The script is well thought-out and the narrative is solidly constructed all the way from the opening scene, which revisits the tale of a young girl in a shining white laced dress that narrowly escapes from the clutches of Bowery, the monster, having lost one of her eyes. Quarter of a century later this victim, Ginger (Melinda Chilton), has in her own right become a crazed monster who thinks she is the protector of lost children but is in fact a vengeful witch. The movie’s storyline is diabolically thought-out, scary and blood infused but still on occasions very funny. The movie in fact revives the horror movies of the 80s, as Scream did in 1996. The scripts of both movies are elegantly interwoven with sarcastic references to old formulas and social satire. Both movies also mix inappropriate jokes with over the top violence of the slash serial killer movies to parody and exalt the clichés of the classic horror movies.
The movie is well acted and the audience is worried about Lucas’s wellbeing all through the movie. They cheer Helen in her rescue efforts and laugh at Tom’s irresponsibility. Ginger is so exciting that she on occasions steals the scene and Bowery, the eye consuming monster, is the embodiment of horror. He immediately rises in standing and takes his place among the best-known horror movie serial killers: Freddy Kruger, Michael Myers and Jason Voorhees. Bowery is an amorphous and immortal fiend, neither dead nor alive. Not only does he hunt children to consume their eyes, but he forces them first to play hide and seek where they are blinded with a raggedy doll-like death mask. His presence on its own is terrifying. He hovers like a big, slow and all-consuming shadow, often making the audience and characters unable to ascertain whether he is standing close by or if the darkness is deceiving them. It is like this until he suddenly moves, knocks the victims down or grabs them and eats their eyes like a ferocious predator.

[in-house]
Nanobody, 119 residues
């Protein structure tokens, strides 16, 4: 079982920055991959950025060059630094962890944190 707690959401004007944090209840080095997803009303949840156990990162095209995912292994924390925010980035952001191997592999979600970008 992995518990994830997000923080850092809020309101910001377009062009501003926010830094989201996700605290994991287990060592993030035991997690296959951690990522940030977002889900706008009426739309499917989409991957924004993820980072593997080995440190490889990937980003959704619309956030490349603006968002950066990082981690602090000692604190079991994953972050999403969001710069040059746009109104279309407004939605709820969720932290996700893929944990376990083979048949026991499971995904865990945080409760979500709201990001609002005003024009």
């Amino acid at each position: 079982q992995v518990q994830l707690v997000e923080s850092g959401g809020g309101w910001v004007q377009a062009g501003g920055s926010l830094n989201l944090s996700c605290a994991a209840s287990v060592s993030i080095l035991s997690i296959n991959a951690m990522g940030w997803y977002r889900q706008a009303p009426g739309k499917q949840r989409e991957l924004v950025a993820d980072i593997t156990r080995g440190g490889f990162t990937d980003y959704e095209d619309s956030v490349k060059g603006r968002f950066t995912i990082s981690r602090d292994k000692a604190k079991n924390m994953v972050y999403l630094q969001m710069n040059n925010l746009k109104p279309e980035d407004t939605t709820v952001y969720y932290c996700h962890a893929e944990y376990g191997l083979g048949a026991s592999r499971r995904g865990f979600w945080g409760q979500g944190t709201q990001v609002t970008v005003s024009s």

The heroes of the movie are not defenceless maidens or minor victims that strong masculine heroes need to rescue. It is the other way around. The victims are mostly cocky males and they are all killed midway through the movie in a hilarious chapter that gives the terrified audience a welcome opportunity to let out steam and laugh out loud. From a technical perspective, the movie is also a surprise, where playful use of wide angle lens is of note. It distorts distances and confuses both the characters and the audience, making them feel as if they are both trapped and succumbing to agoraphobia. The hegemony of the darkness also fits well within the set and lighting with everything contributing to the creation of an effective, very funny and terrifying horror movie.
This review, “Hryllingur með ferskum augum”, was published in the Icelandic newspaper Morgunblaðið November 4, 2016.
Translated by Steindór J. Erlingsson